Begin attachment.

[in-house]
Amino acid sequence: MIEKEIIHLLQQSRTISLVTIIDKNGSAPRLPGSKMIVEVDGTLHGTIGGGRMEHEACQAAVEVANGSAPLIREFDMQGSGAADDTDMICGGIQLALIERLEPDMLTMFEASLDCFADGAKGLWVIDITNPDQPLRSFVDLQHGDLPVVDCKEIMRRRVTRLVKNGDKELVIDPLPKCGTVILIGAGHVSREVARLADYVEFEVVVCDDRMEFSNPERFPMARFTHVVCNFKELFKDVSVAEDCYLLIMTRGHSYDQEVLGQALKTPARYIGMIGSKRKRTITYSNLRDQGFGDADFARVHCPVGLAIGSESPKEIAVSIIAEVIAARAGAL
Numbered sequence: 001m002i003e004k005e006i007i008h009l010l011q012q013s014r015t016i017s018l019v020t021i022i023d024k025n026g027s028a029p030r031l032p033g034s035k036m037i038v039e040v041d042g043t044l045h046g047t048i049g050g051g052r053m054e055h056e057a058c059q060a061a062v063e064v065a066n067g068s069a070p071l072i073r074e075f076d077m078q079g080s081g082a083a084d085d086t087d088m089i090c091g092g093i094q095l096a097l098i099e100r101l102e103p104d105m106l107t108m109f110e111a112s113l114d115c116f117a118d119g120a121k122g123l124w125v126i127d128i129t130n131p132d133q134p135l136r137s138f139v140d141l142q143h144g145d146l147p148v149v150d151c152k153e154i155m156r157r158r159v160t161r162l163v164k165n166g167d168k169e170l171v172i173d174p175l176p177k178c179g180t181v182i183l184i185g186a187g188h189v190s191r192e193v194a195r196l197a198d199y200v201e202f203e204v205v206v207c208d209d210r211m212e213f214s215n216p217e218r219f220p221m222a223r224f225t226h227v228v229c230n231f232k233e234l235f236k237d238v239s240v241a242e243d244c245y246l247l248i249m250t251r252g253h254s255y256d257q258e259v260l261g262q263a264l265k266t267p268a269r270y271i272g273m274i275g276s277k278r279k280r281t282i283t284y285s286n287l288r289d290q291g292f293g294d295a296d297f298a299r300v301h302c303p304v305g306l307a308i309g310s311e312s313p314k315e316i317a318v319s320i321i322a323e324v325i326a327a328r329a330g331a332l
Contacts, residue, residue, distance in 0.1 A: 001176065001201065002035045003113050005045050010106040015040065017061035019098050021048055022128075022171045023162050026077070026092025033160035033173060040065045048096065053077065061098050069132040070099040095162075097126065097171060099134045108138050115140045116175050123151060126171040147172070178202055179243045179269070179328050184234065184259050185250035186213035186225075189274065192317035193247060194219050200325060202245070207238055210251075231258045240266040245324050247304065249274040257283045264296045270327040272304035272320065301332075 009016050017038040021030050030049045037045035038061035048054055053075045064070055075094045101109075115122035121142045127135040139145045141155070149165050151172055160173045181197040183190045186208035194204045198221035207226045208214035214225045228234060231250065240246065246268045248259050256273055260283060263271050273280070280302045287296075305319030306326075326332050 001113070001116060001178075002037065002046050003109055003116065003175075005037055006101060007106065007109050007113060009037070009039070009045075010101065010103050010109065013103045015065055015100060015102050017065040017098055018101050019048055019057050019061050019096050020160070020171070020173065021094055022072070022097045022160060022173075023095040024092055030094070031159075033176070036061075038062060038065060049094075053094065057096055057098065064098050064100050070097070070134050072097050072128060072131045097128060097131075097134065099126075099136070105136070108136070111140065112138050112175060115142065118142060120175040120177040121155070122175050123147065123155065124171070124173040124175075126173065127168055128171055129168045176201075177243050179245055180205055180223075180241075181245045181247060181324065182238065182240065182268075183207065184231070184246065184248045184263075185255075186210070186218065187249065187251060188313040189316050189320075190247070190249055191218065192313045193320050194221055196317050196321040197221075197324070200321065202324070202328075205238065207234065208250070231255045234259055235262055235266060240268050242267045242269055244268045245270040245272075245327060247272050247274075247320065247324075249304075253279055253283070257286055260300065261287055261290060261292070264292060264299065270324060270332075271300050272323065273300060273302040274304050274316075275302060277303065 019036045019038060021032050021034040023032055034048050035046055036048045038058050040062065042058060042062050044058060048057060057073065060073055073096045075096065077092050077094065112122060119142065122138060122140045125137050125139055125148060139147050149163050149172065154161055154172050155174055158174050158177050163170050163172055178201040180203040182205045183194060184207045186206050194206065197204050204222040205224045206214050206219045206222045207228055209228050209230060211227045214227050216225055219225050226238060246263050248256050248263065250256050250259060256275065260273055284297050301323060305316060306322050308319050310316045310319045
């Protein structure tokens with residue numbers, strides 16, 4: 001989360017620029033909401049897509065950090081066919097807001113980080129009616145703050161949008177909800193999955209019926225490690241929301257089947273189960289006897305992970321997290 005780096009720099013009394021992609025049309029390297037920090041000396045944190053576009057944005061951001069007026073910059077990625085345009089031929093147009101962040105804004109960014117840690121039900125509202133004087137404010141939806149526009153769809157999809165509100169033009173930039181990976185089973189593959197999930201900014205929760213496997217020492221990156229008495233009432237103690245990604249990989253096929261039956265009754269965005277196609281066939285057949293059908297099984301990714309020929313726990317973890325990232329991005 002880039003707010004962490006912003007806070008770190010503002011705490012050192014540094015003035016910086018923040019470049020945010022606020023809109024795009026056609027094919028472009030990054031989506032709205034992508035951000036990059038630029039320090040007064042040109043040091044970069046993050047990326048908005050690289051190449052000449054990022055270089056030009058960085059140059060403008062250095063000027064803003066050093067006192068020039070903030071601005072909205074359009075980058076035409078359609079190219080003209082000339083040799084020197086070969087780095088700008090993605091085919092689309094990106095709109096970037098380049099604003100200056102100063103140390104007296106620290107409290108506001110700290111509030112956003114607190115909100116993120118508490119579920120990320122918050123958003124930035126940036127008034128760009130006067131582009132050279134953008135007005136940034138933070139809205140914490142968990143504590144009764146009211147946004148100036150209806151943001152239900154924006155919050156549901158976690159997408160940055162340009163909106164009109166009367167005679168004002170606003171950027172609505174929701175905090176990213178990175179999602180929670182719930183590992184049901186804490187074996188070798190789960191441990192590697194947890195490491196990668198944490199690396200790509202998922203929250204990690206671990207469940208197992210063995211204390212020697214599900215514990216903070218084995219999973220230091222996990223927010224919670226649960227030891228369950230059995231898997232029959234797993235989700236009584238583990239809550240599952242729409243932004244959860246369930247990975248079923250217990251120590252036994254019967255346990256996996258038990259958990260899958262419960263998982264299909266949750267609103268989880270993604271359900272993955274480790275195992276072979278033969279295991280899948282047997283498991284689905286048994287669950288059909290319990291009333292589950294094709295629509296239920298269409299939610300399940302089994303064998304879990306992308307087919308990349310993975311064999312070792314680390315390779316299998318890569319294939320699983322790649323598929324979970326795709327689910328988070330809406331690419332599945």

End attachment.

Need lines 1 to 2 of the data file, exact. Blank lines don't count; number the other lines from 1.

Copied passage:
[in-house]
Amino acid sequence: MIEKEIIHLLQQSRTISLVTIIDKNGSAPRLPGSKMIVEVDGTLHGTIGGGRMEHEACQAAVEVANGSAPLIREFDMQGSGAADDTDMICGGIQLALIERLEPDMLTMFEASLDCFADGAKGLWVIDITNPDQPLRSFVDLQHGDLPVVDCKEIMRRRVTRLVKNGDKELVIDPLPKCGTVILIGAGHVSREVARLADYVEFEVVVCDDRMEFSNPERFPMARFTHVVCNFKELFKDVSVAEDCYLLIMTRGHSYDQEVLGQALKTPARYIGMIGSKRKRTITYSNLRDQGFGDADFARVHCPVGLAIGSESPKEIAVSIIAEVIAARAGAL